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The World’s Most Expensive Coin Is Up for Sale

Expected to fetch upward of $10 million, the 1794 Flowing Hair dollar was one of the first coins struck by the newly created U.S. Mint

"This coin is the Holy Grail of all dollars," says Laura Sperber, president of Legend Rare Coin Auctions. (Photo by Rare Coin Wholesalers via Getty Images)
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The most valuable coin in the world is set to go on auction in Las Vegas—and experts say it could fetch upward of $10 million, reports Ken Ritter for the Associated Press.

Dated to 1794, the rare silver dollar is thought to be one of the first, if not the very first, coins minted in the newly independent United States of America.

“This coin is the Holy Grail of all dollars,” Laura Sperber, president of Legend Numismatics, which is conducting the October 8 sale, tells David P. Willis of the Asbury Park Press.

Las Vegas resident Bruce Morelan purchased the coin, known to collectors as a “Flowing Hair” silver dollar, for $10,016,875 in 2013. The sale marked the highest price ever paid at auction for a single coin.

“Coins are in my blood, and the 1794 dollar was a lifelong dream,” says Morelan in a statement. “Now that my early American dollars collection is complete and nothing else can be added, I’ve decided it’s time for other collectors to enjoy these magnificent coins.”

Douglas Mudd, director of the Colorado-based American Numismatic Association’s Money Museum, tells the AP that the coin is one of just 300 surviving specimens from a cache of 1,758 silver dollars struck in a single day—October 15, 1794—at the U.S. Mint in Philadelphia. Around 100 of these dollars remain in circulation among collectors.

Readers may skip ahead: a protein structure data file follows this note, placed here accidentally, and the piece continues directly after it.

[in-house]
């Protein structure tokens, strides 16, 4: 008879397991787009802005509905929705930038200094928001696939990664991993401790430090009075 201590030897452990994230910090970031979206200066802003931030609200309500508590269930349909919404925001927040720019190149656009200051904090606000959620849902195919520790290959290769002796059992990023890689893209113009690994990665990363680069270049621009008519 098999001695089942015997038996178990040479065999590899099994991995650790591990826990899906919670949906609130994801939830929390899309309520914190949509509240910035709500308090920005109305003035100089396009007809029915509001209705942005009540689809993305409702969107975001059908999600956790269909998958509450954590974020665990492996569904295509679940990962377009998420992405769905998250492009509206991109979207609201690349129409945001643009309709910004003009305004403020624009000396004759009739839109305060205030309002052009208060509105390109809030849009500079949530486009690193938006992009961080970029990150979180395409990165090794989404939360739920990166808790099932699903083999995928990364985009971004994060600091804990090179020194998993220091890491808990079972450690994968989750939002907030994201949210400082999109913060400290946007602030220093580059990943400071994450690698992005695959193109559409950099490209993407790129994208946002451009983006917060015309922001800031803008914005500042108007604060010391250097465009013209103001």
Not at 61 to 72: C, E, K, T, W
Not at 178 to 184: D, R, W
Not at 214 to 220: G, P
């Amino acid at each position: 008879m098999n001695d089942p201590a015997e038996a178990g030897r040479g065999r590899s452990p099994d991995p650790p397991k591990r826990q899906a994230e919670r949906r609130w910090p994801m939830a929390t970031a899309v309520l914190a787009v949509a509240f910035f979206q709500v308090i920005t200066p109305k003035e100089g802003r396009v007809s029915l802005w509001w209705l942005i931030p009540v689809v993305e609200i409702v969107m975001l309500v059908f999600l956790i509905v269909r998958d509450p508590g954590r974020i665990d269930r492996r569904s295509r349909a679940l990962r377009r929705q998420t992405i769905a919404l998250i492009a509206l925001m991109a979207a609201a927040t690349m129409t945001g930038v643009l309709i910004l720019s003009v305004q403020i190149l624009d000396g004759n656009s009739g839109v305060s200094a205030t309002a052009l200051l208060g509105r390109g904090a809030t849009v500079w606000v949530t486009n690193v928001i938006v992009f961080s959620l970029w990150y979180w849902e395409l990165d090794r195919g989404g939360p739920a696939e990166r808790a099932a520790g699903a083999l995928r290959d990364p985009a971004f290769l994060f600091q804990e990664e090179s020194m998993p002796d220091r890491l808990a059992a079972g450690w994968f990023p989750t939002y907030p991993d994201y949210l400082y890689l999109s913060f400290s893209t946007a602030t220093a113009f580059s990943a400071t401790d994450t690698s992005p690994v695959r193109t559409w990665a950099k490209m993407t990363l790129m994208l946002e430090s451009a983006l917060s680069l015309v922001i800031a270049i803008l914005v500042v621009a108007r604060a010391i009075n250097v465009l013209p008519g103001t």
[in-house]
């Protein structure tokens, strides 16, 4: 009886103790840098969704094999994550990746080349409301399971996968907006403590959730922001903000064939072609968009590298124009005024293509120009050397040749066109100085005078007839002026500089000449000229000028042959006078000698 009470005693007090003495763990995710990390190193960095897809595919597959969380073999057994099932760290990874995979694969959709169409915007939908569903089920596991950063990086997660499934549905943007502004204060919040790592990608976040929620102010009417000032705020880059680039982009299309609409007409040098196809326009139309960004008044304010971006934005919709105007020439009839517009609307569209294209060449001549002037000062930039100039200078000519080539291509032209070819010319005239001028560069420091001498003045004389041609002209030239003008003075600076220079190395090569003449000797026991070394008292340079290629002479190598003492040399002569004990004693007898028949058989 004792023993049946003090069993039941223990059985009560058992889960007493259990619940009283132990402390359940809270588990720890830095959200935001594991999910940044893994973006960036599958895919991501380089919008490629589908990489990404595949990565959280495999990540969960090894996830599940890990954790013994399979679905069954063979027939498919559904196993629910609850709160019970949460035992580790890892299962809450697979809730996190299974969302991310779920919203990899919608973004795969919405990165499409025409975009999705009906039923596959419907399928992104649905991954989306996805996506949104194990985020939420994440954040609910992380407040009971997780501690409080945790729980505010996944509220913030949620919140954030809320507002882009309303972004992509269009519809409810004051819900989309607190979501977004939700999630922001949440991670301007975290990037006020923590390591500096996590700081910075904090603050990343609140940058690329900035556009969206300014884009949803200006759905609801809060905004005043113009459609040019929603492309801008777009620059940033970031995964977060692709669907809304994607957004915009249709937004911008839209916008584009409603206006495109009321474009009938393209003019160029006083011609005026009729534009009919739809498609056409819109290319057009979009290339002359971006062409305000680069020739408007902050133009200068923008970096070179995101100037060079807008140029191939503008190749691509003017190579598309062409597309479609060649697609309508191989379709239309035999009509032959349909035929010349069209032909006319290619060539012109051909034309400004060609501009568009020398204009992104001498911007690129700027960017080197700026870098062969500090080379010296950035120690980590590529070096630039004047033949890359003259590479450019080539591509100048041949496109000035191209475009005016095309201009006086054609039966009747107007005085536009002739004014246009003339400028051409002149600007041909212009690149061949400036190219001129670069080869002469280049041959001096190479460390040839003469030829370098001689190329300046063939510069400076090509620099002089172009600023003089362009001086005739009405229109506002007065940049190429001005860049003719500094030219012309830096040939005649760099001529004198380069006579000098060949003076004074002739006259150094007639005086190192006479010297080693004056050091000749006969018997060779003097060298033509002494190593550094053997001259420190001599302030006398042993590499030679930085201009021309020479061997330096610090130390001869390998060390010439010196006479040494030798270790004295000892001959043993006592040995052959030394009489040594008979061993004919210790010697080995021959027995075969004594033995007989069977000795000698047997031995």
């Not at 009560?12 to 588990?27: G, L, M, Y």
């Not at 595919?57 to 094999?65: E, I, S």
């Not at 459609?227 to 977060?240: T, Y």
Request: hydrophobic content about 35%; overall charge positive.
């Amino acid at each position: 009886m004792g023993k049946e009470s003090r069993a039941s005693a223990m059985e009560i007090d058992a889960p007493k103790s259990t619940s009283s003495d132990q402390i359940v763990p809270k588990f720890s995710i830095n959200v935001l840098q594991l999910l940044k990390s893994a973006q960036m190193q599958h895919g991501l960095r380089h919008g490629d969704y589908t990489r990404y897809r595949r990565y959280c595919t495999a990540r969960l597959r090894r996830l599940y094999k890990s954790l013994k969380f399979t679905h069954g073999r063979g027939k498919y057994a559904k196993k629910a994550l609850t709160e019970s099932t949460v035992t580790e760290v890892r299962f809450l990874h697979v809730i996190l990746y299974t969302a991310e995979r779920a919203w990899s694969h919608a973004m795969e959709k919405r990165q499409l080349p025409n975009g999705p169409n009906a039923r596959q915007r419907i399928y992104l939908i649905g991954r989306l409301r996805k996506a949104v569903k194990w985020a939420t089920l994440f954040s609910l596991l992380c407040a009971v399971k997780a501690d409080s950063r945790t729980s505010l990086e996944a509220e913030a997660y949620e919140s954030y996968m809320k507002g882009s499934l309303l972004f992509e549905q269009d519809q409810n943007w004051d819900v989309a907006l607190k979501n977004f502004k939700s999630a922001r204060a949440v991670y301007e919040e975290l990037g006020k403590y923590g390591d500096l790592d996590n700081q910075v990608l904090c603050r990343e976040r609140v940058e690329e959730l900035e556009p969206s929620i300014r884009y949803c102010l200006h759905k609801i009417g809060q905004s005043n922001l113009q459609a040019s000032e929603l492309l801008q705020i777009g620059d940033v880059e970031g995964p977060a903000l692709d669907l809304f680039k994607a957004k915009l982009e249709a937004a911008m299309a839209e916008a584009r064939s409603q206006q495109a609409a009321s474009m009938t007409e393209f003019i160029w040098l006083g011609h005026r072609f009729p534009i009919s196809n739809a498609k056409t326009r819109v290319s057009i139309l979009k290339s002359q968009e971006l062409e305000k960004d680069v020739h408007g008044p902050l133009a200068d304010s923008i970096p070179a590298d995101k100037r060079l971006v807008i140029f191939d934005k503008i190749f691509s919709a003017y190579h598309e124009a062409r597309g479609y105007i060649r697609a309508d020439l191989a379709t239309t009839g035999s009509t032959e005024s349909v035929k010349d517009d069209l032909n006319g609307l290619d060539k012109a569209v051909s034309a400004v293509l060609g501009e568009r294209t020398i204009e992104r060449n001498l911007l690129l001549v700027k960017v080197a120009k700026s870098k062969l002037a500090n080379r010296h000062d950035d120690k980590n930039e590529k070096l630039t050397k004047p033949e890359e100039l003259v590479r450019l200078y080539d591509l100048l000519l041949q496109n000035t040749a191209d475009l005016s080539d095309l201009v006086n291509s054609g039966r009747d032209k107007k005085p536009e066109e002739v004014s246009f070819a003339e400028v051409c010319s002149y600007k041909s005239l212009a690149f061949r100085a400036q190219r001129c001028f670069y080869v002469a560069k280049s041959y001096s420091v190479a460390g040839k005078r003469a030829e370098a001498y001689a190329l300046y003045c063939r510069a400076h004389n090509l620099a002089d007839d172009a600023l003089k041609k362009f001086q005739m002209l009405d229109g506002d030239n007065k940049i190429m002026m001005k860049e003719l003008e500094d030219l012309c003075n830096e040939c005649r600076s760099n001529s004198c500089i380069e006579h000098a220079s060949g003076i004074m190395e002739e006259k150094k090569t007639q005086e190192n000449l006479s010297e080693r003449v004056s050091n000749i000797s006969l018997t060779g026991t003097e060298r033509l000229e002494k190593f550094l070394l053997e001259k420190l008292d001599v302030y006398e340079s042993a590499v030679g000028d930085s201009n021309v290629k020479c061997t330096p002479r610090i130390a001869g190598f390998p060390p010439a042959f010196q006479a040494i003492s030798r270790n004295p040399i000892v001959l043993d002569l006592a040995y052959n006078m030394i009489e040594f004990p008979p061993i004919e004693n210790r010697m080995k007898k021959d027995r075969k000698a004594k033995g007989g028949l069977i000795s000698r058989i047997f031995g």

Several characteristics point to the Flowing Hair dollar’s identity as the very first coin minted in the U.S. In addition to displaying a silver plug used to adjust its weight, explains Steve Roach for Coin World, the coin “was struck with obvious care from the earliest state of the dies for the 1,758 1794 dollars issued.”

The coin's reverse side
The coin's reverse (Courtesy of Stack's Bowers Galleries)

As the Smithsonian’s National Museum of American History—which houses one of the rare coins in its collections—notes, Mint Director David Rittenhouse distributed the newly struck silver dollars to dignitaries as souvenirs.

“The reason for producing these was to say, ‘We can do this. Let’s get them out to senators, congressmen, and other VIPs, to show them the Mint is moving forward,’” Mudd tells Atlas Obscura’s Isaac Schultz. “1794 is the year they say, ‘We’ll start the dollar coin, the linchpin of the system.’ Because our system is built on the dollar, and then multiples of the dollar, and then fractions of the dollar.”

Prior to the creation of the U.S. Mint, a mixture of bartering, colonial currency and foreign money drove the economy. At the time, few people made a dollar in a day, according to Atlas Obscura, so in 1804, the bureau decided to stop producing silver dollars. The next major dollar coin, dubbed the Seated Liberty, only entered circulation in 1840.

Per the AP, the 1794 coin was reportedly presented to then-Secretary of State Edmund Jennings Randolph, who referred to it in a letter addressed to George Washington.

Professional coin graders score collectibles’ quality on a 70-point scale. A perfect score denotes a coin with no discernable defects at five times magnification. The Flowing Hair silver dollar scores a 66 on this scale, making it a “specimen,” or “proof-quality” coin, above mint condition. Comparatively, another 1794 silver dollar graded at just 35 sold in 2019 for $288,000.

As the Asbury Park Press notes, the upcoming auction will feature a total of 15 silver dollars minted between 1794 and 1804. The entire collection is expected to fetch between $15 and $18 million, but Atlas Obscura reports that if the asking prices for the coins aren’t met, they will remain in private collections.

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